Weekly news round-up
Construction and transit accidents, the geography/personality connection and emergency responders’ exposure to disaster-related toxins were all in this week’s EHS-related news as featured on ISHN.com:
Michaels admits exposure standards are out of date
Each year in the United States, tens of thousands of workers are made sick or die from occupational exposures to the thousands of hazardous chemicals that are used in workplaces every day. The U.S. OSHA today launched two new web resources to assist companies with keeping their workers safe.
News sources are reporting that a construction worker died in Maplewood, Minnesota Monday after the crane he was operating tipped over.
OSHA orders “retaliatory” lawsuit withdrawn
OSHA has ordered Palumbo Trucking Inc. of North Branford, Conn., and owner David Palumbo to withdraw a retaliatory lawsuit filed against two former workers of the commercial motor carrier who raised safety concerns, pay them $60,000 in damages and take other corrective actions.
Helpful info now accessible via smartphones, other devices
Parents can now get information about drug abuse and teens via their mobile devices, thanks to the National Institute on Drug Abuse (NIDA), which has launched the smartphone and tablet-accessible resources in conjunction with National Substance Abuse Prevention Month events in October.
NIOSH Science Blog
When responding to a disaster, emergency workers may face unique health risks from exposures to hazardous chemical and environmental contaminants in forms and circumstances often not seen in other occupations.
"Safety was not served"
The federal government shutdown may be over, but if an announcement from the National Transportation Safety Board (NTSB) is any indication, federal agencies and employees are not over it.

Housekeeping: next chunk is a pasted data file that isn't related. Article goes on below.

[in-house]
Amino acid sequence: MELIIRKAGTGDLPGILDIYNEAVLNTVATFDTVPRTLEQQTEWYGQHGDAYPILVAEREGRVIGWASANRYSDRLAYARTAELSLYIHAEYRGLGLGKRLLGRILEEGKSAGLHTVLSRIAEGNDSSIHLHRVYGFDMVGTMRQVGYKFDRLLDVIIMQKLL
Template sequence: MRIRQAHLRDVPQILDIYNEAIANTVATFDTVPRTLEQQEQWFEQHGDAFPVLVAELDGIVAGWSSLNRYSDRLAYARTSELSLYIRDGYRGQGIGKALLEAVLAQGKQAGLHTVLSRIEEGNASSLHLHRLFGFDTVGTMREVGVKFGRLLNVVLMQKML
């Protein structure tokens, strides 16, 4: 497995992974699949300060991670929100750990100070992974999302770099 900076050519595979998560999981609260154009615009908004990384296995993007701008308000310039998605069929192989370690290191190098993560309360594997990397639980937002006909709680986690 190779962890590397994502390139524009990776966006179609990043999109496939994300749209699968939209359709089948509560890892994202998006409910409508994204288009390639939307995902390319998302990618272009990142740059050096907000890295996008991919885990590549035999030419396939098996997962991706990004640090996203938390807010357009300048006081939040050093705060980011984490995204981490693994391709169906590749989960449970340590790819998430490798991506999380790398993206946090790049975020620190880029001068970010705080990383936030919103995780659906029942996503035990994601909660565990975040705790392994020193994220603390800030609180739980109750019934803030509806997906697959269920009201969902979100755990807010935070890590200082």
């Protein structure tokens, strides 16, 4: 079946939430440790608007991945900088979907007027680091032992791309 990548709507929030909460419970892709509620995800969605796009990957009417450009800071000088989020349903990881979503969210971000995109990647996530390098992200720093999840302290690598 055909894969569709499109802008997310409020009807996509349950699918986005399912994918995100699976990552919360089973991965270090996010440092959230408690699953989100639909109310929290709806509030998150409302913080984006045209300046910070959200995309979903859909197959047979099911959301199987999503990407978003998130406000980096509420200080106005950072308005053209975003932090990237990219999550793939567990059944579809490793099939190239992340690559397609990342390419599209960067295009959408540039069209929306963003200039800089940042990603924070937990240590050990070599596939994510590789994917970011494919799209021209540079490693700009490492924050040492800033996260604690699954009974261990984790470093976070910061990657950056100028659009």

"I wasn't coping"
When Jason Anker was 24 years old, he took a roofing job – something he’d had little experience with – working for his father-in-law. Nearing the end of the workday, Anker saw a situation he knew was risky (the ladder he was to use wasn’t tied on), but said nothing.
Analysis “challenges cultural stereotypes,” says author
Americans with similar temperaments are so likely to live in the same areas that a map of the country can be divided into regions with distinct personalities, according to new research published by the American Psychological Association. (APA).
Just one entry is your chance to win both awards programs!
Enter your best-of-the-best product(s) in any of ISHN’s 50+ EHS categories. Public voting begins in March – and you’ll have a chance to win one or both contests in each product category you enter!
American Heart Association says kids need to be physically active
School districts can increase physical activity among children and young adults by opening playgrounds, gyms and fields to the community outside of school hours, especially in low-income areas, according to an American Heart Association (AHA) policy statement published in the American Journal of Public Health.
"It means more obstruction"
A bill passed recently by the House Small Business Committee would increase regulatory delays and allow regulated industries “undue” influence, according to an advocacy group comprised of public interest, business, consumer, labor and community organizations.
Cave-in, crushing, electrocution among the hazards
OSHA has cited the general contractor and five subcontractors working on the construction of the Berlin Power Plant in Berlin for 31 willful, serious and repeat violations of workplace safety standards.
Proposal will be issued by June 2014
Want a say in the EPA’s carbon pollution rulemaking? You can attend and speak out at one of 11 “public listening sessions” the agency will hold across the country to solicit ideas and input from the public and stakeholders about the best Clean Air Act approaches to reducing carbon pollution from existing power plants.
U.S. needs to have an “active and engaged role”
The Institute for Safety and Health Management (ISHM) says it will participate in the new new standard for global occupational health and safety (OH&S) that will be developed by the International Organization for Standardization (ISO).
Train under “computer control” at the time
The National Transportation Safety Board (NTSB) will be investigating the deaths of two San Francisco area transit workers who were killed on Saturday when they were struck by a commuter train.
Traffic cashes a leading cause of death for U.S. children
More than a third of children under age 13 who died in passenger vehicle crashes in 2011 were not in car seats or wearing seat belts, according to statistics released recently by the Department of Transportation's National Highway Traffic Safety Administration (NHTSA).